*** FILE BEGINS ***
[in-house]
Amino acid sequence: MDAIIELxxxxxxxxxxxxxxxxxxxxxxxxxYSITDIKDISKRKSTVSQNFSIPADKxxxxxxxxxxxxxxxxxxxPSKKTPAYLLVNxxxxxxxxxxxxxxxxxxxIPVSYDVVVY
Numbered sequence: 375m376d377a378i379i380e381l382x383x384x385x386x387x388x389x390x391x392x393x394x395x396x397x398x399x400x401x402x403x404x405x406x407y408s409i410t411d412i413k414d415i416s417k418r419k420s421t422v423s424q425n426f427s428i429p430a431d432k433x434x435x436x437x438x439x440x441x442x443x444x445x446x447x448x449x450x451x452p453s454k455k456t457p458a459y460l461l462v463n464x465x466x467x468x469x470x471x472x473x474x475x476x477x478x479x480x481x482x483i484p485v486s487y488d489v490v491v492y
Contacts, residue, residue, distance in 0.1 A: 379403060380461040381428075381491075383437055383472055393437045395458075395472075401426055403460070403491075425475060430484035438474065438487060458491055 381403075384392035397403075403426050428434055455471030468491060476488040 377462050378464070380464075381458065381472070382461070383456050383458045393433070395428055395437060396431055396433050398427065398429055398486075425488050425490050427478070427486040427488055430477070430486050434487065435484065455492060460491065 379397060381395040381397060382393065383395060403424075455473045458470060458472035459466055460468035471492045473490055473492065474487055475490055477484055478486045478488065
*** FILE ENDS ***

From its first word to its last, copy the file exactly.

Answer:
[in-house]
Amino acid sequence: MDAIIELxxxxxxxxxxxxxxxxxxxxxxxxxYSITDIKDISKRKSTVSQNFSIPADKxxxxxxxxxxxxxxxxxxxPSKKTPAYLLVNxxxxxxxxxxxxxxxxxxxIPVSYDVVVY
Numbered sequence: 375m376d377a378i379i380e381l382x383x384x385x386x387x388x389x390x391x392x393x394x395x396x397x398x399x400x401x402x403x404x405x406x407y408s409i410t411d412i413k414d415i416s417k418r419k420s421t422v423s424q425n426f427s428i429p430a431d432k433x434x435x436x437x438x439x440x441x442x443x444x445x446x447x448x449x450x451x452p453s454k455k456t457p458a459y460l461l462v463n464x465x466x467x468x469x470x471x472x473x474x475x476x477x478x479x480x481x482x483i484p485v486s487y488d489v490v491v492y
Contacts, residue, residue, distance in 0.1 A: 379403060380461040381428075381491075383437055383472055393437045395458075395472075401426055403460070403491075425475060430484035438474065438487060458491055 381403075384392035397403075403426050428434055455471030468491060476488040 377462050378464070380464075381458065381472070382461070383456050383458045393433070395428055395437060396431055396433050398427065398429055398486075425488050425490050427478070427486040427488055430477070430486050434487065435484065455492060460491065 379397060381395040381397060382393065383395060403424075455473045458470060458472035459466055460468035471492045473490055473492065474487055475490055477484055478486045478488065